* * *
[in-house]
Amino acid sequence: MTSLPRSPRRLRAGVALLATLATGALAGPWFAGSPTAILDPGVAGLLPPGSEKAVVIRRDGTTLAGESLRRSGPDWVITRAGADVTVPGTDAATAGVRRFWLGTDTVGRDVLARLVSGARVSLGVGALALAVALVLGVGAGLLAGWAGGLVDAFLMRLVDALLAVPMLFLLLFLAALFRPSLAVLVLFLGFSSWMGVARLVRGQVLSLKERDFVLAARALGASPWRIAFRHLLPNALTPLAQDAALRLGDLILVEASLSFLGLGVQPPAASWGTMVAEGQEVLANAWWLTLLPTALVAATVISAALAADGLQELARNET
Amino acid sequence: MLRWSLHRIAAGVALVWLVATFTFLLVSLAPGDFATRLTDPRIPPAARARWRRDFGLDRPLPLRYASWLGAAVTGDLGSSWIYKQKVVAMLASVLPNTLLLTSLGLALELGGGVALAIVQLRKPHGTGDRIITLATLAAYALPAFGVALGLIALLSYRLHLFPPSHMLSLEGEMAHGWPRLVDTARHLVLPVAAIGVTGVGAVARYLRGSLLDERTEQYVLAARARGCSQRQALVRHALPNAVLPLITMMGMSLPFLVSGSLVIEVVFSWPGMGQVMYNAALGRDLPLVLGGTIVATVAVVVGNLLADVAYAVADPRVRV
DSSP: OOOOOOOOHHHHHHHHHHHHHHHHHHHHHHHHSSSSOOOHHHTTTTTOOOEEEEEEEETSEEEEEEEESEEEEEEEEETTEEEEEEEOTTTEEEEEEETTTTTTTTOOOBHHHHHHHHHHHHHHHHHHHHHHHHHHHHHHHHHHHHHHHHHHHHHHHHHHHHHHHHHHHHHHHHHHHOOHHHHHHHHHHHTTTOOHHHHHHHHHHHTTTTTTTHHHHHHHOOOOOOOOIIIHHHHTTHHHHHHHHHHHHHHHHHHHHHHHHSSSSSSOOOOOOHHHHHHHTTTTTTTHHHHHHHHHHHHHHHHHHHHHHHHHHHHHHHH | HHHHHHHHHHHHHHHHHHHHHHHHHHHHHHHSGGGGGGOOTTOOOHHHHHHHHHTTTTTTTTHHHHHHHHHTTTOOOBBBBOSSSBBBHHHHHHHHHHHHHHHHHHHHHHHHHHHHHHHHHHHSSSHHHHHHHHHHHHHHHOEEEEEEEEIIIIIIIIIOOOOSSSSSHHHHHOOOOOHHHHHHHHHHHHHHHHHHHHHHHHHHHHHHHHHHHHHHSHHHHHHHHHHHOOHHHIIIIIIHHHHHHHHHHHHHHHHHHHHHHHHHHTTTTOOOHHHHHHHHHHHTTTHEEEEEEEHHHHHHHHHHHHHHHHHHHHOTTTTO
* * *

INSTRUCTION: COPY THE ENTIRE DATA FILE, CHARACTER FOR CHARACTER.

[in-house]
Amino acid sequence: MTSLPRSPRRLRAGVALLATLATGALAGPWFAGSPTAILDPGVAGLLPPGSEKAVVIRRDGTTLAGESLRRSGPDWVITRAGADVTVPGTDAATAGVRRFWLGTDTVGRDVLARLVSGARVSLGVGALALAVALVLGVGAGLLAGWAGGLVDAFLMRLVDALLAVPMLFLLLFLAALFRPSLAVLVLFLGFSSWMGVARLVRGQVLSLKERDFVLAARALGASPWRIAFRHLLPNALTPLAQDAALRLGDLILVEASLSFLGLGVQPPAASWGTMVAEGQEVLANAWWLTLLPTALVAATVISAALAADGLQELARNET
Amino acid sequence: MLRWSLHRIAAGVALVWLVATFTFLLVSLAPGDFATRLTDPRIPPAARARWRRDFGLDRPLPLRYASWLGAAVTGDLGSSWIYKQKVVAMLASVLPNTLLLTSLGLALELGGGVALAIVQLRKPHGTGDRIITLATLAAYALPAFGVALGLIALLSYRLHLFPPSHMLSLEGEMAHGWPRLVDTARHLVLPVAAIGVTGVGAVARYLRGSLLDERTEQYVLAARARGCSQRQALVRHALPNAVLPLITMMGMSLPFLVSGSLVIEVVFSWPGMGQVMYNAALGRDLPLVLGGTIVATVAVVVGNLLADVAYAVADPRVRV
DSSP: OOOOOOOOHHHHHHHHHHHHHHHHHHHHHHHHSSSSOOOHHHTTTTTOOOEEEEEEEETSEEEEEEEESEEEEEEEEETTEEEEEEEOTTTEEEEEEETTTTTTTTOOOBHHHHHHHHHHHHHHHHHHHHHHHHHHHHHHHHHHHHHHHHHHHHHHHHHHHHHHHHHHHHHHHHHHHOOHHHHHHHHHHHTTTOOHHHHHHHHHHHTTTTTTTHHHHHHHOOOOOOOOIIIHHHHTTHHHHHHHHHHHHHHHHHHHHHHHHSSSSSSOOOOOOHHHHHHHTTTTTTTHHHHHHHHHHHHHHHHHHHHHHHHHHHHHHHH | HHHHHHHHHHHHHHHHHHHHHHHHHHHHHHHSGGGGGGOOTTOOOHHHHHHHHHTTTTTTTTHHHHHHHHHTTTOOOBBBBOSSSBBBHHHHHHHHHHHHHHHHHHHHHHHHHHHHHHHHHHHSSSHHHHHHHHHHHHHHHOEEEEEEEEIIIIIIIIIOOOOSSSSSHHHHHOOOOOHHHHHHHHHHHHHHHHHHHHHHHHHHHHHHHHHHHHHHSHHHHHHHHHHHOOHHHIIIIIIHHHHHHHHHHHHHHHHHHHHHHHHHHTTTTOOOHHHHHHHHHHHTTTHEEEEEEEHHHHHHHHHHHHHHHHHHHHOTTTTO